In terms of the manuscripts, Jongkind believes ‘no single textual family has preserved the best wording of the text’. A chapter entitled ‘Why not the Received Text?’, makes a number of helpful points. Firstly, Jongkind identifies this as a uniquely Protestant problem, saying ‘I don’t know of any Christians within Eastern Orthodoxy or Roman Catholicism who defend the Textus Receptus’. He also points out that ‘Accepting the Textus Receptus as the authoritative text of the New Testament means that one accepts the printed text of the sixteenth and early seventeenth centuries. In practice, this means that even if the Textus Receptus offers a text not found in any Greek manuscript dating from before the published editions, still the Greek text of a printed edition is accepted. An example is Revelation 22:19: the Textus Receptus has βίβλου τῆς ζωῆς, “book of life,” instead of ξύλου τῆς ζωῆς, “tree of life,” as all Greek manuscript evidence testifies’. He then goes on to answer the question ‘So why are defenders of the Textus Receptus willing to go against all preserved evidence?’

Jongkind uses an Old Testament example to argue that God’s Word ‘has always been available to the church, though sometimes with more clarity than at other times. This is even illustrated in the biblical history itself. Who knew the details of the law in the days immediately before the rediscovery of the scroll in the temple during Josiah’s reign (2 Kings 22)? As far as the historical evidence suggests, not everyone has had access at all times to the perfect, original wording of the New Testament’.

An introduction to a Greek New Testament obviously isn’t for everyone. It’s also quite expensive for what it is. But for a conservative evangelical, and yet bang up-to-date, approach to textual criticism, it is well worth having. A good alternative for the layperson would be Peter J William’s Can we trust the gospels?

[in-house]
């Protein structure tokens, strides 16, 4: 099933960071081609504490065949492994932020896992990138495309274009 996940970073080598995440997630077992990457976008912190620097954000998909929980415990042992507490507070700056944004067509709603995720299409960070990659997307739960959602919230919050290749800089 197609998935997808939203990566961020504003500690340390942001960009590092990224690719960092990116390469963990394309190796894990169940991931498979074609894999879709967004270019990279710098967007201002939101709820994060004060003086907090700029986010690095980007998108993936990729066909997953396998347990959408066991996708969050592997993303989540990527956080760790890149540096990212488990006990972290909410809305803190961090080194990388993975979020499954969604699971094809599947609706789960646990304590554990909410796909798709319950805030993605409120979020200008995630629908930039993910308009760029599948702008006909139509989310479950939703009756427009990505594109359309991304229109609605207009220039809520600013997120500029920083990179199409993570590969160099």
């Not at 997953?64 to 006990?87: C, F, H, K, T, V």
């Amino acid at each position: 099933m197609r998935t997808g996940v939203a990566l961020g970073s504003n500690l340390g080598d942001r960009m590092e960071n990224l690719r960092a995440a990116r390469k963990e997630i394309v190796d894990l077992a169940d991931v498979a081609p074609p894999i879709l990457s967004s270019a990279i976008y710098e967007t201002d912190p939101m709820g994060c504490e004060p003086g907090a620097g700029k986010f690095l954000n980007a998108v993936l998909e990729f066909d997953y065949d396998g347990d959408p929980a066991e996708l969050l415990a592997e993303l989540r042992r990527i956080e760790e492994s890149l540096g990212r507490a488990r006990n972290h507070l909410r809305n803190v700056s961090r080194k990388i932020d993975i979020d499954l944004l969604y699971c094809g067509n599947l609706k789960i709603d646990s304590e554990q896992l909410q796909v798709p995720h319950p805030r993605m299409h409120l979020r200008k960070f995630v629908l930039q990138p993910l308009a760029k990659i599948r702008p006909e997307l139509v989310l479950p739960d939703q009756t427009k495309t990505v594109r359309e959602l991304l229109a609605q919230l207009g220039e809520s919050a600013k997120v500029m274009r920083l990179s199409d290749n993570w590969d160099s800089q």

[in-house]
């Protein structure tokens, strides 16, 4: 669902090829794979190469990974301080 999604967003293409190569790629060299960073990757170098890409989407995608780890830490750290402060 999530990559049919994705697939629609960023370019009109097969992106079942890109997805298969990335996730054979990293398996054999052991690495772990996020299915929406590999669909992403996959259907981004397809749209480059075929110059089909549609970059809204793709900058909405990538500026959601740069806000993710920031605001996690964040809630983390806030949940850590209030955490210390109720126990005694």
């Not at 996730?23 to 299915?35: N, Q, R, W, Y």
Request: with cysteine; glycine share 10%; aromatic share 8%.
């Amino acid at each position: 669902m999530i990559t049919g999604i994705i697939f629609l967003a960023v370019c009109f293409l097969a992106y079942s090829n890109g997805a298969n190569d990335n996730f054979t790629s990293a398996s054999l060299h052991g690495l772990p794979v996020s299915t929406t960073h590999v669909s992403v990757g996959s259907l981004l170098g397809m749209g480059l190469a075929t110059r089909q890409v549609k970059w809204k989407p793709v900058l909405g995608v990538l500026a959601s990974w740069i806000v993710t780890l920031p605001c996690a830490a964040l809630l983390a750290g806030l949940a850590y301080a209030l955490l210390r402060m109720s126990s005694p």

Thanks to Crossway for a complimentary copy of this book through their Beyond the Page review programme.

Rosaria New Horizon talk 2

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Firstly, it would have been impossible to mix this up with preaching/bible teaching. It was simply her telling her story, along with some challenges and encouragements.

Secondly, some quotes:

“You cannot have a commuting relationship if you genuinely care for people.”

“There is no gospel for righteous people”

“But what about the children? Yes my children have grown up in this environment and they are doing just fine. They love the Lord Jesus Christ. They know how to witness to their friends. They have seen some of the most unlikely people come to Christ because Christ specialising in unlikely converts. We could all use a good dose of courage in loving the stranger!”

Loving the Stranger

Behold, the end of Protestant Ulster

Great – though thoroughly depressing – article by Crawford Gribben

“For in Northern Ireland, as throughout the secular west, politics trumps faith.”

“Bowing to the inevitable, and being willing to sacrifice almost anything in the hope of maintaining the union, DUP strategists are enabling some of the most radical legislative changes in the history of Northern Ireland.

They do not need to do so. The DUP’s confidence and supply arrangement with the minority Conservative government provides them with formidable negotiating power. Throughout the Brexit crisis, the DUP made repeated threats to derail key votes when they believed that government policy was threatening the unity of the United Kingdom. But they have made little fuss about this more recent threat to the values that party members once found axiomatic.”

“The party of former fundamentalists will hold its nose during one of the most significant changes in public morality in living memory. ”

“Forced to choose, the DUP will prefer power to piety.”